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The Java Collator class

When applied to localisation, the term collation generally refers to the conventions for ordering strings in a particular language and, by extension, for when to consider to strings to be equal.

When working purely with English texts, it is common not to think very much about collation at all. Most programmers take the order of strings to be that produced by Collections.sort() or determined by the ASCII values of its characters; two strings are considered equal if String.equals() deems them to be so, or if the underlying bytes values of the strings are identical. But there are cases when this clearly isn't adequate, even in English. Consider the following example, where we use the simple Collections.sort() method to sort three of my favourite words:

List list = new ArrayList();
list.add("caffeine");
list.add("café");
list.add("cafeteria");
Collections.sort(list);
System.out.println(list);

When we run this, we get the following output:

[cafeteria, caffeine, café]

Depending on the sorting convention we want to use, there are at least two orderings of these words that would be cosidered an acceptable order, for example, in dictionaries. But sadly the above, with the letter e (albeit with an accent) following the letter f, is not generally one of them...

Correcting the sort order: introducing the Collator

If we're prepared to accept some default behaviour, then fixing the sort order is actually very simple. We obtain an instance of a Collator object and then pass this to the Collections.sort() method:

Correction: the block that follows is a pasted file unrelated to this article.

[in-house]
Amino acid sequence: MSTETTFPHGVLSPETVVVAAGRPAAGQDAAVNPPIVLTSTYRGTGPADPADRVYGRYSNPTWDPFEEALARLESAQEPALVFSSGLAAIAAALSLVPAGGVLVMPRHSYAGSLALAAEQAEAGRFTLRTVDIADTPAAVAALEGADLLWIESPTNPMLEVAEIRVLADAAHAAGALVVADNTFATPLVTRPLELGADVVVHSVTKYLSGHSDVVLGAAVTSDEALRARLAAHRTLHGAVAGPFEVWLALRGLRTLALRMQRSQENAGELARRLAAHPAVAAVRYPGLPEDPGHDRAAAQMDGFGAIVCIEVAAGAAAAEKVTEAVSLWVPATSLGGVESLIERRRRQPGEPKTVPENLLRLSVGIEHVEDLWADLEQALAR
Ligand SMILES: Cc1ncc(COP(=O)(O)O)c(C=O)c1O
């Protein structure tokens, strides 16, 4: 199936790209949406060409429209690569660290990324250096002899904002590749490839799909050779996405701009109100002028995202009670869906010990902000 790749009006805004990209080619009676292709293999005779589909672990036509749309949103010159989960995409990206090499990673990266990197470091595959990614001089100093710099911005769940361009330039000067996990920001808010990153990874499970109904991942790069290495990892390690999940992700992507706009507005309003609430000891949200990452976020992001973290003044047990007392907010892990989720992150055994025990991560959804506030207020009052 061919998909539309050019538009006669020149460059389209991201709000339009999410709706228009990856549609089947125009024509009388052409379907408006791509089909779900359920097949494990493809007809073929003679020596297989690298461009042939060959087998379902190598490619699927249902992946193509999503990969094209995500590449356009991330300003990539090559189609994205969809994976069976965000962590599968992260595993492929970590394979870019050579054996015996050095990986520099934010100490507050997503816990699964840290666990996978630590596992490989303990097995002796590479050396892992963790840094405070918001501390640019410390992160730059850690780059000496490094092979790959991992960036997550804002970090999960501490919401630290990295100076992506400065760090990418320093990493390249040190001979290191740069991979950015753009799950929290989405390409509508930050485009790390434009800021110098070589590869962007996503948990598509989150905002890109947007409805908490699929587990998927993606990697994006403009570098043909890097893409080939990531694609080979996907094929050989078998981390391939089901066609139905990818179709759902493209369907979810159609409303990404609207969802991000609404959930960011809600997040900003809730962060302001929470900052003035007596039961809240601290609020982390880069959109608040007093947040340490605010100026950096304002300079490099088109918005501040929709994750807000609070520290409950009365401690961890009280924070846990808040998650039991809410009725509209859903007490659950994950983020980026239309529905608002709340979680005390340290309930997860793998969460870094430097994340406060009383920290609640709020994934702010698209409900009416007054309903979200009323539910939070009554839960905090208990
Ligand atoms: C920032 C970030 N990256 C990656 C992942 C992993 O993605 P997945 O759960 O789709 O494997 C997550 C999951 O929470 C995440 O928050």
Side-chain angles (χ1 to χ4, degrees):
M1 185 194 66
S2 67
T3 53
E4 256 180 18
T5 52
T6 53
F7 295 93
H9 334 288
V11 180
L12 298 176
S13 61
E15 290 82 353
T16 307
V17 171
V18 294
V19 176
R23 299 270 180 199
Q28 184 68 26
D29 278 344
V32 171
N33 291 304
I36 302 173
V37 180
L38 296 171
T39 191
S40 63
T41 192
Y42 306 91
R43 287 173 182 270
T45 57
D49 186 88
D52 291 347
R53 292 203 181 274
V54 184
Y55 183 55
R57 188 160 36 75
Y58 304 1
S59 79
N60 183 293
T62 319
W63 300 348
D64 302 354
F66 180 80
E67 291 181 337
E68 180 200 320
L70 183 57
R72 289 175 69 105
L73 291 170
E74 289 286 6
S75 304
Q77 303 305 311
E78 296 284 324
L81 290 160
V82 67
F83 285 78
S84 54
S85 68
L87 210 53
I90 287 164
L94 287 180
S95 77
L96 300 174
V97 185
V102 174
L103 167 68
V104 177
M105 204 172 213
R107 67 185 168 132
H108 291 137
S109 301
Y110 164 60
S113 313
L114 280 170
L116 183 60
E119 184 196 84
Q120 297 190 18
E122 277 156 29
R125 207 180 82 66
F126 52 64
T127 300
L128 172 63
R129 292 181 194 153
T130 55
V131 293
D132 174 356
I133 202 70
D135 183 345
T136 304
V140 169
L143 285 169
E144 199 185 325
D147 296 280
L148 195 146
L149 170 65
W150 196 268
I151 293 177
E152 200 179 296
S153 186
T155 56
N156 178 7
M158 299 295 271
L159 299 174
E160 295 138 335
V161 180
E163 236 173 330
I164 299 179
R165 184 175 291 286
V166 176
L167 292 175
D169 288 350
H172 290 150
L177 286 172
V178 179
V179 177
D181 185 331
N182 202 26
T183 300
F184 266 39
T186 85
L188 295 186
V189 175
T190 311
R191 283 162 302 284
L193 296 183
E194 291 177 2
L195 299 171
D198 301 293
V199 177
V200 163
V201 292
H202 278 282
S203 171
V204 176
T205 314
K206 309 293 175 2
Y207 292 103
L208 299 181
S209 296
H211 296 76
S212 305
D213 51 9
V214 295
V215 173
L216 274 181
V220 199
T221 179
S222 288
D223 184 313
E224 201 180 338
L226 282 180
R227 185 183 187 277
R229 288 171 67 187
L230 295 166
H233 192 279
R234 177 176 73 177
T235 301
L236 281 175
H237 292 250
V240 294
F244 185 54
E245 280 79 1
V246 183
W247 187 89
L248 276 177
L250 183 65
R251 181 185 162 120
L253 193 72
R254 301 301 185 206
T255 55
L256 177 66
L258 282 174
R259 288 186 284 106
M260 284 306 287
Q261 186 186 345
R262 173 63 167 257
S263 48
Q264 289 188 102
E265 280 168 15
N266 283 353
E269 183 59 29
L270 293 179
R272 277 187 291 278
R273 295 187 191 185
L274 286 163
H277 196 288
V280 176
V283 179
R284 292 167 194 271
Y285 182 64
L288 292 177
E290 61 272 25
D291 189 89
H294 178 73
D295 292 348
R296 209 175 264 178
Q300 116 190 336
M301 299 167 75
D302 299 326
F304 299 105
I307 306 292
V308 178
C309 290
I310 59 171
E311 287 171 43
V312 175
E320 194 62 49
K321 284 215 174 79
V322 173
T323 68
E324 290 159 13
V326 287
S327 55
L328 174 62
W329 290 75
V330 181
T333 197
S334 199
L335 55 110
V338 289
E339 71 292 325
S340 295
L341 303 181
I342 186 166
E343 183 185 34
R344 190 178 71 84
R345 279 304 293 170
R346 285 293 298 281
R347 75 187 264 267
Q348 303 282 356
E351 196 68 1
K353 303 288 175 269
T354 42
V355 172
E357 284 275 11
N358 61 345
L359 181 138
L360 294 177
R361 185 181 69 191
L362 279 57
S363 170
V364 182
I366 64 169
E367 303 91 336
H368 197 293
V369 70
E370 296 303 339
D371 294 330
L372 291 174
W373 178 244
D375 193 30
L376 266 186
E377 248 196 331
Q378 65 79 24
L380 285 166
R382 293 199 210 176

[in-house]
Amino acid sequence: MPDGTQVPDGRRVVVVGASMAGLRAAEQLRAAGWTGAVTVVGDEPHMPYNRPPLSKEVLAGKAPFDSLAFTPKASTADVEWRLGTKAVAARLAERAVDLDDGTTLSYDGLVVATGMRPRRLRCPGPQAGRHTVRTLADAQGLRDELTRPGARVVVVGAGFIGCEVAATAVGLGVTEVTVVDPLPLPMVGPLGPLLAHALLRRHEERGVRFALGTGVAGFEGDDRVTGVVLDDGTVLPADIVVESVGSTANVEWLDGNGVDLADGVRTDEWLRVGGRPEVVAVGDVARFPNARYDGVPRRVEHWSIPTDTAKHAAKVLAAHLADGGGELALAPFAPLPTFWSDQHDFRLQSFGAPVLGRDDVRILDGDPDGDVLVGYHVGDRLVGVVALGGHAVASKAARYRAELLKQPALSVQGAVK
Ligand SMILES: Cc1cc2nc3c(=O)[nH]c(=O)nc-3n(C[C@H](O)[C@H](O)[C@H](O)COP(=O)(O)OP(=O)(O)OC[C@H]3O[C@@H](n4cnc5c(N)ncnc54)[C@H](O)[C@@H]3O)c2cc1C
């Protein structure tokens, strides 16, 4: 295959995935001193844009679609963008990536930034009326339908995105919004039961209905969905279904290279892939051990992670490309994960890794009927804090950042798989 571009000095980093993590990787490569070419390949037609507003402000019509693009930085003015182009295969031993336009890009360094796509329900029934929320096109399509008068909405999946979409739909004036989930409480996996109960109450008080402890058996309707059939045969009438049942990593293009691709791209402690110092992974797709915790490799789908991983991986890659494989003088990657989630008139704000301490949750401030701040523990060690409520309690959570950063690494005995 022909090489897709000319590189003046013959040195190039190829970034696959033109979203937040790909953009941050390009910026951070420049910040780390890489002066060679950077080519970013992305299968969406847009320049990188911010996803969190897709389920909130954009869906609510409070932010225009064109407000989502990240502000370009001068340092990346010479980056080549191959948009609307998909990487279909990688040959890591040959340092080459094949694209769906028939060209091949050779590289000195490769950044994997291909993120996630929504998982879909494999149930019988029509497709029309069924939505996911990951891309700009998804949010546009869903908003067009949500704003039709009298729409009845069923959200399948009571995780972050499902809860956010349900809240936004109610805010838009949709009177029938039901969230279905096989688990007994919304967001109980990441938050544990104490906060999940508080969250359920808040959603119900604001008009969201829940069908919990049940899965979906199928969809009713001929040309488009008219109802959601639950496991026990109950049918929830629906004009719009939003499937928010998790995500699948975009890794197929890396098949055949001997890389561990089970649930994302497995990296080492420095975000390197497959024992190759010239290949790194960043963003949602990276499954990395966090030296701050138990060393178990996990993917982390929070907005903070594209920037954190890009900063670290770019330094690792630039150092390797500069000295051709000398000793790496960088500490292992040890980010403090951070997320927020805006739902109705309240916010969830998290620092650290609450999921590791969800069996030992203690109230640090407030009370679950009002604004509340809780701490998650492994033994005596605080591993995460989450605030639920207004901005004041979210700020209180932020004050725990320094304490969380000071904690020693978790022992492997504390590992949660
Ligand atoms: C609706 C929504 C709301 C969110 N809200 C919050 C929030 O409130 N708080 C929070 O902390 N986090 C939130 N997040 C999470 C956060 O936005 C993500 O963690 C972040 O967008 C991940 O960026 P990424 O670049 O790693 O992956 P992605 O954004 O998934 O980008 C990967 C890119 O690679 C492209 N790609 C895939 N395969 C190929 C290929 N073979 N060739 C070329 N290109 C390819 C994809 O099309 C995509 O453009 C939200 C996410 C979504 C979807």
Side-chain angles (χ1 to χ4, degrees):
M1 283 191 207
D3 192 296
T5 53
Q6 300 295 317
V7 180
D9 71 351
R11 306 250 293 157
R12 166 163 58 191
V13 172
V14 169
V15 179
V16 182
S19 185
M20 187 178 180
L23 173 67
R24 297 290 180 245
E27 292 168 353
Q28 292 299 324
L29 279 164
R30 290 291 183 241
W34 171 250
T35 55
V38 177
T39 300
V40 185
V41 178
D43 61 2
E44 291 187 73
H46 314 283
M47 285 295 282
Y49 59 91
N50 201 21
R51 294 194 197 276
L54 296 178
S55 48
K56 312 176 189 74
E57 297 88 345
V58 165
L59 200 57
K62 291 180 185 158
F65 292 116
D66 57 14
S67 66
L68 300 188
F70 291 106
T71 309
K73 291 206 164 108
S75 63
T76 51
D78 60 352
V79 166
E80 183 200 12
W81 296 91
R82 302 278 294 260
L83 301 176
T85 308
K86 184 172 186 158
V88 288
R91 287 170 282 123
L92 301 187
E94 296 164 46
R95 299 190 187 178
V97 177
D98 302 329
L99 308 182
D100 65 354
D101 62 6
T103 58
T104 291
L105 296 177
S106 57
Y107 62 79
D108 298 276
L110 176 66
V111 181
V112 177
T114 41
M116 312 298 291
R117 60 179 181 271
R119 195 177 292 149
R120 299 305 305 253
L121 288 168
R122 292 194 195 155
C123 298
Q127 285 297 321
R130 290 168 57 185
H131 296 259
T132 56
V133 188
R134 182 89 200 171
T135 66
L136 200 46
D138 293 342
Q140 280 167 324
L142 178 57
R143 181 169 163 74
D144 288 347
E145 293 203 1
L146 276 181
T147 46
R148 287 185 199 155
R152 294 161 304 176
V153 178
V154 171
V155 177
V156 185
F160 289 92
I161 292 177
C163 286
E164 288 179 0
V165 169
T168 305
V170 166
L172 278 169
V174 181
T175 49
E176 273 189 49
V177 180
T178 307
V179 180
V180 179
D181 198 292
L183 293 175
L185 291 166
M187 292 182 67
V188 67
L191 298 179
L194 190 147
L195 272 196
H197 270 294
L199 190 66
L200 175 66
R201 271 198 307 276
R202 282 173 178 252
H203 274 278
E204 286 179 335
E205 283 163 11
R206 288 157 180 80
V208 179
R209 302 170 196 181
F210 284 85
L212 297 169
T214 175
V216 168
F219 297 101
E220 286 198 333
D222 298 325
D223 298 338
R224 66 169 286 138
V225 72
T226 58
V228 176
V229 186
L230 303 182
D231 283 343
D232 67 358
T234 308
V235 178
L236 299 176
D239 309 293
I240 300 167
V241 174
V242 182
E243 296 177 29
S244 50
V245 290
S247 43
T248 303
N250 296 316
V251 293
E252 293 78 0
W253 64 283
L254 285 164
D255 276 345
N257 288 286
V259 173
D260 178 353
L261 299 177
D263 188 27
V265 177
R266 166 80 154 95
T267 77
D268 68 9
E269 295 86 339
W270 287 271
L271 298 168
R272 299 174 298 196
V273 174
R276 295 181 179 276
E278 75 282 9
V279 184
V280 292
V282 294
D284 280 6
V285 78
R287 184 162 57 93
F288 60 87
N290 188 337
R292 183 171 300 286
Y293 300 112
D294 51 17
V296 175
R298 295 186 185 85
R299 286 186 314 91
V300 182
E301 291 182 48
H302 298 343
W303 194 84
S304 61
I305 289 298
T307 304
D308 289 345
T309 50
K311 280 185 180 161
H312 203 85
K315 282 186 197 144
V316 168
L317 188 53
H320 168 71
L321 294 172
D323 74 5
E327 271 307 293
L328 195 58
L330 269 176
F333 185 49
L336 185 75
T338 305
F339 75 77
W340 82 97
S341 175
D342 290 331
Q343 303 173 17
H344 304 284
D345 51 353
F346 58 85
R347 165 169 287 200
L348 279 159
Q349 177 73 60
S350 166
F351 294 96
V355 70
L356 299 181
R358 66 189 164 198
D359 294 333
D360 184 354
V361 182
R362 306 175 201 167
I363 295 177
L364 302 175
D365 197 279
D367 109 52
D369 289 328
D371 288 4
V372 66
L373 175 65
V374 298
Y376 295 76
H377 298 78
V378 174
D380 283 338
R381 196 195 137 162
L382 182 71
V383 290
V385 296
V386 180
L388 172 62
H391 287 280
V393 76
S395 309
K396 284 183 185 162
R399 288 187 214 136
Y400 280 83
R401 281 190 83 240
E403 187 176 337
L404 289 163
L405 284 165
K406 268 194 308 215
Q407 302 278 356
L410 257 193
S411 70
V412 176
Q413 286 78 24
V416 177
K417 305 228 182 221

Collator coll = Collator.getInstance(); 
Collections.sort(list, coll);

With this modification, the sort() method puts the word cafén in a more conventionally acceptable place, before the word caffeine (and in fact before the word cafeteria, treating it as though it were spelt without the accent).

Configuring the collator

So what is a Collator? A collator is essentially an object that knows how to sort and compare strings. The default is appropriate for many applications. However, the collator's behaviour can be customised slightly:

  • you can request a collator that implements standard sorting rules for a particular locale by supplying the corresponding Locale object to the Collator.getInstance() method;
  • you can set the strength of the collator, which effectively means what type of difference needs to exist between two letters/strings for them to be considered different;
  • you can set something called the decomposition rule, which affects how composite characters (such as characters with accents) are treated.

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Written by Neil Coffey. Copyright © Javamex UK 2009. All rights reserved.